“As the work is both dirty and at times heavy, the appointment of qualified men is to be preferred to female officers,” the Under-Secretary wrote to the Chairman of the Public Service, 5 November 1954.
The Archives Division of the State Library of Victoria ultimately ran from 1955 to 1973 under the leadership of Senior Archivist Harry Wilfred Nunn. It was Nunn, in 1961, who proposed the Public Records Act.
The role of archives and libraries
On 23 March 1961, Nunn wrote to the Under-Secretary asking that:
“consideration be given to the development of a central archives establishment which would provide adequate facilities…and that legislation should be enacted along the lines of the 1958 Public Records Act of Great Britain with suitable adaptations to suit Victorian conditions.”
The Jungwirth Inquiry of 1963-65 into library services in Victoria set the scene for debate about whether the archives should be separated from the Library as Nunn advocated. Historians petitioned for the separation, stating “contemporary thought is more and more in favour of the complete separation of archives from libraries, as their functions and methods differ radically.” Many other professionals and academics agreed. However, the campaign to retain the archives within the library was equally passionate, spearheaded by John Metcalfe (Librarian at the University of NSW), Sir Irving Benson (President of the Library Trustees and Minister of Wesley Church) and John Feely (Principal Librarian).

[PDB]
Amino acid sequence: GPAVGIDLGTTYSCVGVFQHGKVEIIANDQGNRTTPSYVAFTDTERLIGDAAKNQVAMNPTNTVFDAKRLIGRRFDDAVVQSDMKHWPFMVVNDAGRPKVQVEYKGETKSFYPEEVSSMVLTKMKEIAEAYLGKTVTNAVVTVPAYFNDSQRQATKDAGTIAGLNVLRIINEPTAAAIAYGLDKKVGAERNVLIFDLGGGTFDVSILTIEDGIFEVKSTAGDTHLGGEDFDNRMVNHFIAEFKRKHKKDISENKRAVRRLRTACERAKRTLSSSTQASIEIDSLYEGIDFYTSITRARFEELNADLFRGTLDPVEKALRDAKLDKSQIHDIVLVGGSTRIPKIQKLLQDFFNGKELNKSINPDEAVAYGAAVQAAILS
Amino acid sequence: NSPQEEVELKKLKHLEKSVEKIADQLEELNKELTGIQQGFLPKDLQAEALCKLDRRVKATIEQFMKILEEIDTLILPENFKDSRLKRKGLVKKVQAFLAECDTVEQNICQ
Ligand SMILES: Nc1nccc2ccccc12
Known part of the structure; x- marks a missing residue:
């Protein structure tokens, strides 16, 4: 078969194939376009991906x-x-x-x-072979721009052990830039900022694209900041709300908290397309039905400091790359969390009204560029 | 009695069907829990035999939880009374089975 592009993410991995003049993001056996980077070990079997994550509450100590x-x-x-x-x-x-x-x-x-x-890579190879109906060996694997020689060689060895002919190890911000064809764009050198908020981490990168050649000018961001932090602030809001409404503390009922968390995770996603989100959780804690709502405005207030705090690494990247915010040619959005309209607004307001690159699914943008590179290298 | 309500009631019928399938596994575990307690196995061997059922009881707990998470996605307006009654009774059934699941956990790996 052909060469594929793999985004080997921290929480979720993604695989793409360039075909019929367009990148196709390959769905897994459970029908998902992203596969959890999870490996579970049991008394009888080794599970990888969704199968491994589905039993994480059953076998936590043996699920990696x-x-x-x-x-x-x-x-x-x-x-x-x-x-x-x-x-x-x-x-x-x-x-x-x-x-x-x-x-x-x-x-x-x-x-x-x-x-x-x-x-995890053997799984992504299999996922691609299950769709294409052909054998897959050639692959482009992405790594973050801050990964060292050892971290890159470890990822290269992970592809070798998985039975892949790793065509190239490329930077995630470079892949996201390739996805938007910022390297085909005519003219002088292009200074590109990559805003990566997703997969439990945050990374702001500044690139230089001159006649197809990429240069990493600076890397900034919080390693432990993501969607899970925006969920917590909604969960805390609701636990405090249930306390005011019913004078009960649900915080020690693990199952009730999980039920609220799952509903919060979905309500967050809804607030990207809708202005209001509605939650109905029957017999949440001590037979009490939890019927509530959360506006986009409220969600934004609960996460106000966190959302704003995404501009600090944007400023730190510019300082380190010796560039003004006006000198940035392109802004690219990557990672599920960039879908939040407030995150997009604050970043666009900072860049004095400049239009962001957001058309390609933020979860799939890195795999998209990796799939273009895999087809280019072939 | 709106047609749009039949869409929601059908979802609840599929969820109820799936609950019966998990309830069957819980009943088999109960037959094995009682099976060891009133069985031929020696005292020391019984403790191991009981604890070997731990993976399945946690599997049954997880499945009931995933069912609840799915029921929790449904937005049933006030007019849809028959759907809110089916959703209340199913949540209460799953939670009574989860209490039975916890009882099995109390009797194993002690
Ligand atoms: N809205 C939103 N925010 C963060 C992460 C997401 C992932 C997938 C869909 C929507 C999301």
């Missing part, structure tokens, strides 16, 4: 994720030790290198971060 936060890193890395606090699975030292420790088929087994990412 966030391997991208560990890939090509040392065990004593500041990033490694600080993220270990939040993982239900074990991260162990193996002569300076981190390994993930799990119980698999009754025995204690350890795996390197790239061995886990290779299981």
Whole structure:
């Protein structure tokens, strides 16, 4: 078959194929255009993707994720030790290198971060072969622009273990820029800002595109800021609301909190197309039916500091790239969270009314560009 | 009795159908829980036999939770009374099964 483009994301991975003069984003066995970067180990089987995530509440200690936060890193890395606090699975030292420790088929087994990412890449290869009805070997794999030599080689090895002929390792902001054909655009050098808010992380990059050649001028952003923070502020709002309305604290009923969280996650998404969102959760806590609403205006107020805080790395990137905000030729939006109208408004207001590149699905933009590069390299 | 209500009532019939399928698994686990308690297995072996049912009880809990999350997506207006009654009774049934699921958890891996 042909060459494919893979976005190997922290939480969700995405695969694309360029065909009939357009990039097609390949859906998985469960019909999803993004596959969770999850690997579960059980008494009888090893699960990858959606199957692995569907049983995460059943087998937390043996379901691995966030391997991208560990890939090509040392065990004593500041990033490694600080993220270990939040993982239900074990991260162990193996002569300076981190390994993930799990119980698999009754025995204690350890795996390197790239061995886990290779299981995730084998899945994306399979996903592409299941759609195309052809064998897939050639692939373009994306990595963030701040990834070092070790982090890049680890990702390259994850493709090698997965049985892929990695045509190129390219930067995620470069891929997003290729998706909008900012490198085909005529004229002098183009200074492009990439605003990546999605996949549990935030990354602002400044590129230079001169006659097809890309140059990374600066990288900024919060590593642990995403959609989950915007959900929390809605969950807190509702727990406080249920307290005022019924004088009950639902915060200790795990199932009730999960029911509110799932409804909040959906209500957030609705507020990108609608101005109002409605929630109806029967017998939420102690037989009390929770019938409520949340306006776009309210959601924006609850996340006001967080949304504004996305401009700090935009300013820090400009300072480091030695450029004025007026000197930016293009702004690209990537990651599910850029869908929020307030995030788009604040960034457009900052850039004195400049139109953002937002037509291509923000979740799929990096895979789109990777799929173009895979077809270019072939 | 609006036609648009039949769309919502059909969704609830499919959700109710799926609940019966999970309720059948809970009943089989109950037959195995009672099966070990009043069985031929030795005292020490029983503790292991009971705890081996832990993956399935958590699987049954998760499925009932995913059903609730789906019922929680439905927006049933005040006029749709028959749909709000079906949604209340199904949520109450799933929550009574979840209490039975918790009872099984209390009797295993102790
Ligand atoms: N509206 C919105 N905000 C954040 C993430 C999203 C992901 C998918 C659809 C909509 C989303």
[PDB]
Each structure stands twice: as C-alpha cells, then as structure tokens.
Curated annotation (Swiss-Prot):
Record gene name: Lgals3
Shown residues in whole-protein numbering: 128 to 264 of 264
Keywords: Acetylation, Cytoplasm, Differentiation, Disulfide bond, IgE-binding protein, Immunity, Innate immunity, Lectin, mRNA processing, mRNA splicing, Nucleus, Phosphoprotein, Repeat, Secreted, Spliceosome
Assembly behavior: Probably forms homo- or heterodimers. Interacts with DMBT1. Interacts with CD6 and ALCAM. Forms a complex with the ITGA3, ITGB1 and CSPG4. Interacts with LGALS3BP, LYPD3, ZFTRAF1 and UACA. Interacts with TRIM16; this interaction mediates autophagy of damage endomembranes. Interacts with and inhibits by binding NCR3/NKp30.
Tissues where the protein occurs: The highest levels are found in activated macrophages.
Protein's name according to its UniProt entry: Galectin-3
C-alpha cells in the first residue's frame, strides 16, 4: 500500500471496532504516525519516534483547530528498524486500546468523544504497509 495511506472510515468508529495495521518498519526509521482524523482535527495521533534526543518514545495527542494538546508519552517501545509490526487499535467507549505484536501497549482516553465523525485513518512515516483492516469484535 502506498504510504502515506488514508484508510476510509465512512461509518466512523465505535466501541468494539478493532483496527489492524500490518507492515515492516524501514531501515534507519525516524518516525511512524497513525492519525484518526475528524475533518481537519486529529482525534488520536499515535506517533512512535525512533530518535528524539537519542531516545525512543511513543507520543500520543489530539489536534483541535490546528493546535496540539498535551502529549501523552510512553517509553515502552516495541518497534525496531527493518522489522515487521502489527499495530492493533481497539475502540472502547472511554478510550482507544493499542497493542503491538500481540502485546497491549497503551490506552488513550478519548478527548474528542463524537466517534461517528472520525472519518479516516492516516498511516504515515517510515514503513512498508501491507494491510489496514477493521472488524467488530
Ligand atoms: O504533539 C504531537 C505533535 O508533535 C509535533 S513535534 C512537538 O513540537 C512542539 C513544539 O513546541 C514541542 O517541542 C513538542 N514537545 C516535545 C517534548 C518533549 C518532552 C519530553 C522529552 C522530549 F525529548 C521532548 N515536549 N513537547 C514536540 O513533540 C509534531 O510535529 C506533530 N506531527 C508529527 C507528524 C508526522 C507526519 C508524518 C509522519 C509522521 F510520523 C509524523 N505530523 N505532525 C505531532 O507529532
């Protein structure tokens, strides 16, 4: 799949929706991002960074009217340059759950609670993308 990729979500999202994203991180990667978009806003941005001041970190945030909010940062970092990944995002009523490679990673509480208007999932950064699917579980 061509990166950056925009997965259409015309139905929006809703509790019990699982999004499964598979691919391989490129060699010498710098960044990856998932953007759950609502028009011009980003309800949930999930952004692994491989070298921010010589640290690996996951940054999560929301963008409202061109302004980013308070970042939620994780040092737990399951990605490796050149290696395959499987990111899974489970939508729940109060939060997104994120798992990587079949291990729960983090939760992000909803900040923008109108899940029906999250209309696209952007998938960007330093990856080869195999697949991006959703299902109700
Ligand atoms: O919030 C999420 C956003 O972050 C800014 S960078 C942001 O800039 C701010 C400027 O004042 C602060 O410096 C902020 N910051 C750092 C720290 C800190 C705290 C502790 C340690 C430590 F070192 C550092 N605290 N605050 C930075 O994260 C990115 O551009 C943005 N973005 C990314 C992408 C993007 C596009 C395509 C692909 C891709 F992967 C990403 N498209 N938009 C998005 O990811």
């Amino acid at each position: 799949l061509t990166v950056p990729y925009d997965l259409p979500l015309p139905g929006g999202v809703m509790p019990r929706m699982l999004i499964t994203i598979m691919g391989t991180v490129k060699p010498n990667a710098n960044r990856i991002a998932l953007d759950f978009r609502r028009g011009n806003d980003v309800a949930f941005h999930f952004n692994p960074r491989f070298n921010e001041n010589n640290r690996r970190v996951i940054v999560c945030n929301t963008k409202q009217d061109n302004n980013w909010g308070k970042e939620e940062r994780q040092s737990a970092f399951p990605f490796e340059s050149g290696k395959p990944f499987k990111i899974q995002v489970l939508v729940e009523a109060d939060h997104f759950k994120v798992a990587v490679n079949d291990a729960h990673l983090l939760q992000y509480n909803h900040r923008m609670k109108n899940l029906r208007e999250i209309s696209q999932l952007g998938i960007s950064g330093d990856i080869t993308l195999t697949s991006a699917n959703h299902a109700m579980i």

Ultimately the Inquiry Board fell on the side of separation. The Board also recommended that the head of archives should be called the Keeper of Public Records, and that matters pertaining to public records should be dealt with by legislation. The establishment of a Public Records Advisory Committee was also suggested. However, Benson was quick to campaign against these recommendations. Yet in 1967, Nunn forged ahead with the establishment of the Public Records Advisory Committee.
Public Records Advisory Committee